Thursday, March 10, 2011

The Jaredites and their Land – Part II

In the last post, the Jaredites as a people were covered, describing who they were and what they were like. It was discussed that some 8 to 10 million people died in the final Jaredite battles—a very conservative figure. This is taken from the fact that Ether wrote of two million men dead in Coriantumr’s army, plus their wives and children. Since it seems that the Jaredites had more than one wife (Ether 14:2), that could be as much as 6 to 7 million or more just of Coriantumr’s people (Ether 15:2). Also, since both armies had somewhat equal numbers (Ether 15:20-23), and there were similar losses on both sides (Ether 14:31), it would seem that very possibly the numbers of all dead could exceed 12 to 15 million. Therefore, one can imagine the extent of the dead and the bones left all over the land the Nephites found (Mosiah 8:8).

Now, as for the land of the Jaredites, there is little to tell us where cities and lands were exactly located. However, there is a little to describe some places. First of all, we can see that they landed just north of the narrow neck of land, for their land of first inheritance was located near to the Land of Desolation (Ether 7:6), and was higher in elevation than the surrounding areas (Ether 7:5; 14:11). This land was called Moron by them and was where the king dwelt (Ether 7:6), thus a city would have been located within this land

Somewhere near, or within, the Land of Moron was a hill they called Ephraim where ore was located from which could be made swords of steel (Ether 7:9). And to the east of the Land of Moron, was the hill of Shim, and beyond that, the Land of Many Waters, and beyond these waters to the east was the east seashore and an area called Ablom (Ether 9:3). Also near the East Sea was the Valley of Shurr and the hill Comnor (Ether 14:26-27), and near that was the Valley of Shurr and near there the Land of Corihor and the Valley of Corihor. All of these were to the east of the Land of Moron and on a line, or near to the east seashore.

Now, not far from there was the Waters of Ripliancum (Ether 15:8), and to the south of these waters was the area the Jaredites called Ogath (Ether 15:10), which was near the hill Ramah, which the Nephites called Cumorah (Ether 15:10-11). Also, the wilderness of Akish (Ether 14:3) was near a seashore (Ether 14:12-14), but it is not stated whether this was the East Sea or the West Sea. However, near Akish were the plains of Agosh (Ether 14:15), and near that were the plains of Heshlon (Ether 13:29), which was near the Valley of Gilgal (Ether 13:27). In addition, there was the land of Nehor (Ether 7:4) and a city of Nehor (Ether 7:9), somewhere near the hill called Ephraim (Ether 7:9).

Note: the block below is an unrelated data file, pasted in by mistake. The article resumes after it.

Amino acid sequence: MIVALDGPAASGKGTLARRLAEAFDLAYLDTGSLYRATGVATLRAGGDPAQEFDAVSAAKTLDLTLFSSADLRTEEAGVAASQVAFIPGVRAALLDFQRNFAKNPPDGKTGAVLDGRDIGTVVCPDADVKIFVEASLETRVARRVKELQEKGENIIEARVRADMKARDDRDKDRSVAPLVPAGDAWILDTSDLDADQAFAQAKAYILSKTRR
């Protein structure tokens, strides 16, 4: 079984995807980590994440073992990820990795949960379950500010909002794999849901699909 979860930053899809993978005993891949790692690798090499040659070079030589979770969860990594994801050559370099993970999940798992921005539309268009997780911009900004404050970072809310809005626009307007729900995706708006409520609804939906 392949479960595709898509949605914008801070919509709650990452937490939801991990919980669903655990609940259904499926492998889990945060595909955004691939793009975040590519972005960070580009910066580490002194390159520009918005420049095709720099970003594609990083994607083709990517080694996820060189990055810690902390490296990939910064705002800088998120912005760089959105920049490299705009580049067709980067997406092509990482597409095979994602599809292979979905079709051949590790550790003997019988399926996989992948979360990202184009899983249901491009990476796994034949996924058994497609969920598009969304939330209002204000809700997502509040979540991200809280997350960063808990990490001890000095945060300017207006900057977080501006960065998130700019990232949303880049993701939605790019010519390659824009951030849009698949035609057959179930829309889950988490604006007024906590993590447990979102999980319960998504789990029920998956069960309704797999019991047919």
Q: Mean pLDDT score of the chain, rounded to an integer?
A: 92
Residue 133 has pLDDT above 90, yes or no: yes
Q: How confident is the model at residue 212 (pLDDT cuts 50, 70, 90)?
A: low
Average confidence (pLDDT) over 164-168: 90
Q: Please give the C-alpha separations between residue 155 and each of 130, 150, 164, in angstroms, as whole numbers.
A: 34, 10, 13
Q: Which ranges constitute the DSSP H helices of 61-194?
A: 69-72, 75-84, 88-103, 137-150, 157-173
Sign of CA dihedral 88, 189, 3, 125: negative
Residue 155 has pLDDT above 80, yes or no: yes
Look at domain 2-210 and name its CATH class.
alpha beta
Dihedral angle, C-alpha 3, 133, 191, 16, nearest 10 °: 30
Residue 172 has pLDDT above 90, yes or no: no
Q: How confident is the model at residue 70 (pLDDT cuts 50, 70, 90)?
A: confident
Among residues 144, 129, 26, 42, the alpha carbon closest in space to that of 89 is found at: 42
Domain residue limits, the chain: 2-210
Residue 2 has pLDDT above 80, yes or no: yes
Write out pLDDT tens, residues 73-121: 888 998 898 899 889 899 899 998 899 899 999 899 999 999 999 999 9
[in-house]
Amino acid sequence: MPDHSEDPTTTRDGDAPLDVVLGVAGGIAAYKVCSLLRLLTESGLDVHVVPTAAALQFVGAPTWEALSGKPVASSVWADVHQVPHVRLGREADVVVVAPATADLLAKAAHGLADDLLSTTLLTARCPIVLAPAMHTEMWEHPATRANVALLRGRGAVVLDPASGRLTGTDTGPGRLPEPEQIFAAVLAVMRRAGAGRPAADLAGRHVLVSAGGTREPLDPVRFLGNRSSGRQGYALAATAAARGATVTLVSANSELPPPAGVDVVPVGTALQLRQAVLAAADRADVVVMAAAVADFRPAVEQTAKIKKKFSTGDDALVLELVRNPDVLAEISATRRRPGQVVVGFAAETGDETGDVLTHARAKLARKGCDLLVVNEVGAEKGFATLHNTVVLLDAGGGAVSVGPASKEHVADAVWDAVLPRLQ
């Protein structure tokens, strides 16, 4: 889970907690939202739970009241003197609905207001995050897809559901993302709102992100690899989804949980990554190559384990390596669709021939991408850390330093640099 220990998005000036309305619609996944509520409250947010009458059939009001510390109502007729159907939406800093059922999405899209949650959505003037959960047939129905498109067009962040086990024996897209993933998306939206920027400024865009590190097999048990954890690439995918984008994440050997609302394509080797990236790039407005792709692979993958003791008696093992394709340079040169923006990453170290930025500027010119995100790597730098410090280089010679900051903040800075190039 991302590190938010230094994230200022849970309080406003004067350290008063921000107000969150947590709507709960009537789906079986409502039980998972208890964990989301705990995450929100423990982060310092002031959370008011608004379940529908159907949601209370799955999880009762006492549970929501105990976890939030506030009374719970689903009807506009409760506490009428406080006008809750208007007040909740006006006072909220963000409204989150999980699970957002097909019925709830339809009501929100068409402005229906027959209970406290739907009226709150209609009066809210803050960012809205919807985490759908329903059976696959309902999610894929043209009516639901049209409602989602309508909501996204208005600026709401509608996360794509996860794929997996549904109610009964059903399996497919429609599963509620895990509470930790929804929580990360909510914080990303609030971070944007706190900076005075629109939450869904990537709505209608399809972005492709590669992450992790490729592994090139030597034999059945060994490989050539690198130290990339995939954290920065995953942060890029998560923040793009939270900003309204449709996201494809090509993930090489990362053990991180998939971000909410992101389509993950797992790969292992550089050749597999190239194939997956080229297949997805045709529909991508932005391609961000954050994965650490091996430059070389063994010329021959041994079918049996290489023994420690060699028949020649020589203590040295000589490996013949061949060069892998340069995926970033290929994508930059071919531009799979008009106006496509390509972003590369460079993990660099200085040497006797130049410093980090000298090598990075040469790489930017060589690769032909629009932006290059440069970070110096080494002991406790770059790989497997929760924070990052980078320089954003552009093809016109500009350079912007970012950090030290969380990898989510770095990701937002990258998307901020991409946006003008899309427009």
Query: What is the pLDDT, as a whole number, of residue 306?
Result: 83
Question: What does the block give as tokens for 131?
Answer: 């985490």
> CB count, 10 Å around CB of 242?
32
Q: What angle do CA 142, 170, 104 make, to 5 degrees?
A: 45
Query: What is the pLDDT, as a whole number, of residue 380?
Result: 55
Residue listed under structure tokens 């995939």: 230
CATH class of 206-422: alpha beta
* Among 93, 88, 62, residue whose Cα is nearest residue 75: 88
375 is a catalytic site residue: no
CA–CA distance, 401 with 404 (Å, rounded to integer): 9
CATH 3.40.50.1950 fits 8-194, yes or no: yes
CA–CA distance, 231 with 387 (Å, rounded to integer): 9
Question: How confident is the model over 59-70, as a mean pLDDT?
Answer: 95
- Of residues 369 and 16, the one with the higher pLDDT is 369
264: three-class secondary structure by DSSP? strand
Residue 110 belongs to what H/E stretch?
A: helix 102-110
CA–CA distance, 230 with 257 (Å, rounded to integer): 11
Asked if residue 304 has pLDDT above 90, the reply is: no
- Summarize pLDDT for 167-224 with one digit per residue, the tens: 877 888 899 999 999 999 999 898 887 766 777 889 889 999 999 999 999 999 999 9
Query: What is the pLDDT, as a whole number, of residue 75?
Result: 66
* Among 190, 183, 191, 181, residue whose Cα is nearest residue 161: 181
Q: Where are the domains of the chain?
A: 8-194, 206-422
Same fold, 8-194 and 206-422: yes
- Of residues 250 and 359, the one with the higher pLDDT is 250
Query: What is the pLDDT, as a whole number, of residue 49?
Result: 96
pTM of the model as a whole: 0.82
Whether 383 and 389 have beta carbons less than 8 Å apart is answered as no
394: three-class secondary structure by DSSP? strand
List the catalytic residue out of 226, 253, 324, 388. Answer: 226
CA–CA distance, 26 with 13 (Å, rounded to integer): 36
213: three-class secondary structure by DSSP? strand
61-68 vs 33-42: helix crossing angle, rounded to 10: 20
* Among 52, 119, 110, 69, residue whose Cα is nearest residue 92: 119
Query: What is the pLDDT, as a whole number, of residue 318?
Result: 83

The Land Northward was covered with people (Ether 7:11) and all part of the kingdom of Moron, but not long afterward the land was divided into two kingdoms, that of Shule and that of Cohor (Ether 7:20), which tended to battle one another over the years. But mostly, the kingdom of the Jaredites was settled in the area of the Land of Moron, though they built cities and spread across the land (Ether 10:5,12). They built a large city near the narrow neck (Ether 10:20), but never moved into the Land Southward.

From the above it is easy to see, that while the record lists several places and names, it is almost impossible to try and decide where any of these cities, lands, valleys, or places actually were. The only city we can place with some certainty is that of the one built near the narrow neck of land in the Land of Desolation. This is probably the city the Nephites later called the City of Desolation (Mormon 4:2), which was near the Nephite city Teancum, which was by the seashore (Mormon 4:3).

All of this is stated to show that when Mesoamerican theorists begin claiming the ruins found in Central America represent certain cities, lands, waters, and rivers, one should recognize that such is quite suspect. Placing any such location within the Book of Mormon requires far more information than the record provides. Only by locating specific structures and finding their existence in a location that makes sense from the record, can we even begin to suggest the location of a specific city or place.

The record simply provides so few clues that to spend time and effort on locating cities, lands, waters or rivers is a waste of time. Yet, for some reason, that is usually the first question a novice wants to ask when a location is mentioned: “Where is (this or that) city?” Unless one has a crystal ball or the Liahona, one is left to either make wild and unsubstantiated guesses, or to refrain from such efforts all together.

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